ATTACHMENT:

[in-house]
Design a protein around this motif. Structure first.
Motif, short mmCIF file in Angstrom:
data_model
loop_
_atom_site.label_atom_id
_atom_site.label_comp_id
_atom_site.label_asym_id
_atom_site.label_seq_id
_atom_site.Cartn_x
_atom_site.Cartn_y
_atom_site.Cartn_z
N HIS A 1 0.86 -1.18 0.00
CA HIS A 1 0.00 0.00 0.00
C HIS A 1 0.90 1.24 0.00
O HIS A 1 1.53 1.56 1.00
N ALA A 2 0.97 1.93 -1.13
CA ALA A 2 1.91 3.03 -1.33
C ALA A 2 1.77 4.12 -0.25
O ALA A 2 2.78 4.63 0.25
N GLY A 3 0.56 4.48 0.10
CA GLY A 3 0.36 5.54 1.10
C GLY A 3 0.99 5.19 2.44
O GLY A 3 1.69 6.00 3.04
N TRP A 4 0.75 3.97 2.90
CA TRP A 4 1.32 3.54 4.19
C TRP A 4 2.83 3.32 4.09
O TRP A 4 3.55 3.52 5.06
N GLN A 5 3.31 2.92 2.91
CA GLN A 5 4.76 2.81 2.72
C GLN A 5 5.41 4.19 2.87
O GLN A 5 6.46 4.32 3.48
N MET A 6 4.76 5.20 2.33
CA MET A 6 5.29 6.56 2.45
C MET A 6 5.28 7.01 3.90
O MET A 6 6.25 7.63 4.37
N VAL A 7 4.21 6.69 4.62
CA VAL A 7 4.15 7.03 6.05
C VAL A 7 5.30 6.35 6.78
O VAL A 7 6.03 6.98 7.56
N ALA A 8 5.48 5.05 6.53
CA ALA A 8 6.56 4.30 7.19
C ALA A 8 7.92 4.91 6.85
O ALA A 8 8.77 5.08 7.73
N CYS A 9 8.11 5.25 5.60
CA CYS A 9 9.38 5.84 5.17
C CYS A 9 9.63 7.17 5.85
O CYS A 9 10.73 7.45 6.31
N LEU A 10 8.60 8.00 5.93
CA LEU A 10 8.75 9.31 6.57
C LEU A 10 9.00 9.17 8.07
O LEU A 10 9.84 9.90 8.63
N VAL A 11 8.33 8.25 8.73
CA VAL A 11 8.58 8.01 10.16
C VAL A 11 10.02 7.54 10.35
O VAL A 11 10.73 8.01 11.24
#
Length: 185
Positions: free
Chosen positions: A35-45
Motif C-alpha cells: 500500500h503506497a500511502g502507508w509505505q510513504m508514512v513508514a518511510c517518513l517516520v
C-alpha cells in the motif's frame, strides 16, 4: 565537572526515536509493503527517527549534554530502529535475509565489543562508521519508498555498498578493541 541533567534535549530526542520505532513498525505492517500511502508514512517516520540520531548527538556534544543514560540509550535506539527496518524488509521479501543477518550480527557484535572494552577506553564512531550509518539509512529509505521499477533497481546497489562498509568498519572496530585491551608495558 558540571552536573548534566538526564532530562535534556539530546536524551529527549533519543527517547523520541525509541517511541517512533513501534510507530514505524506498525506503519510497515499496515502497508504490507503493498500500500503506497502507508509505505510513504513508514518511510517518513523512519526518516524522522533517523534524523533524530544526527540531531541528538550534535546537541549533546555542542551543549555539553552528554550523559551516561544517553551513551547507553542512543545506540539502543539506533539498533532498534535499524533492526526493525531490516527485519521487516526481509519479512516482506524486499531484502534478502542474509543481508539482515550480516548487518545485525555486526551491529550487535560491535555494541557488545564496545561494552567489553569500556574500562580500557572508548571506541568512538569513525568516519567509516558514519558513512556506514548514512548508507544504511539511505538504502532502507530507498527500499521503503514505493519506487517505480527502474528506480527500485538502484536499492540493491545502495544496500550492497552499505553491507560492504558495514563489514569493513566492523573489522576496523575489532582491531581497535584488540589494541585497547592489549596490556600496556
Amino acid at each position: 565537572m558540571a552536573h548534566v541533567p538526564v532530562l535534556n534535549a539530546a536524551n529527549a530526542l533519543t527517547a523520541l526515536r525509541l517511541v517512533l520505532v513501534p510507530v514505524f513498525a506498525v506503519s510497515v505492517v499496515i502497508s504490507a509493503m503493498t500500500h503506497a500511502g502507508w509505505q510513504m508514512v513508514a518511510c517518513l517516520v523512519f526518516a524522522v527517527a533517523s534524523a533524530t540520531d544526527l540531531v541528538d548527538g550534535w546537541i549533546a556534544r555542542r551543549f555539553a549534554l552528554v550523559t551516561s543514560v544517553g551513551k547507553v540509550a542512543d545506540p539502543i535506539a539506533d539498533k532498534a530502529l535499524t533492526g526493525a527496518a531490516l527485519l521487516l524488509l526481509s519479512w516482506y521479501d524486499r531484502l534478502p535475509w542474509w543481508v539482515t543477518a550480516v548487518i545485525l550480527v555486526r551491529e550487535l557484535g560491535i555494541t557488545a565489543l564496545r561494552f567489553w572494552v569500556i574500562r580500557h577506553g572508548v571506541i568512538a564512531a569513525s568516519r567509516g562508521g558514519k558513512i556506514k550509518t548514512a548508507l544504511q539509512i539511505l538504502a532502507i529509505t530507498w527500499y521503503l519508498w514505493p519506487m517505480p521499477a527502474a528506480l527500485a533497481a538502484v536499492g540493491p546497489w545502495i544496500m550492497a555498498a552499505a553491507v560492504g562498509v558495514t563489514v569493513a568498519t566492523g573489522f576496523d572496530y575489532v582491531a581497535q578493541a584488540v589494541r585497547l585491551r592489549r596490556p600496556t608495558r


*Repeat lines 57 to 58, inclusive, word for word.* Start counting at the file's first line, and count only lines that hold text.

#
Length: 185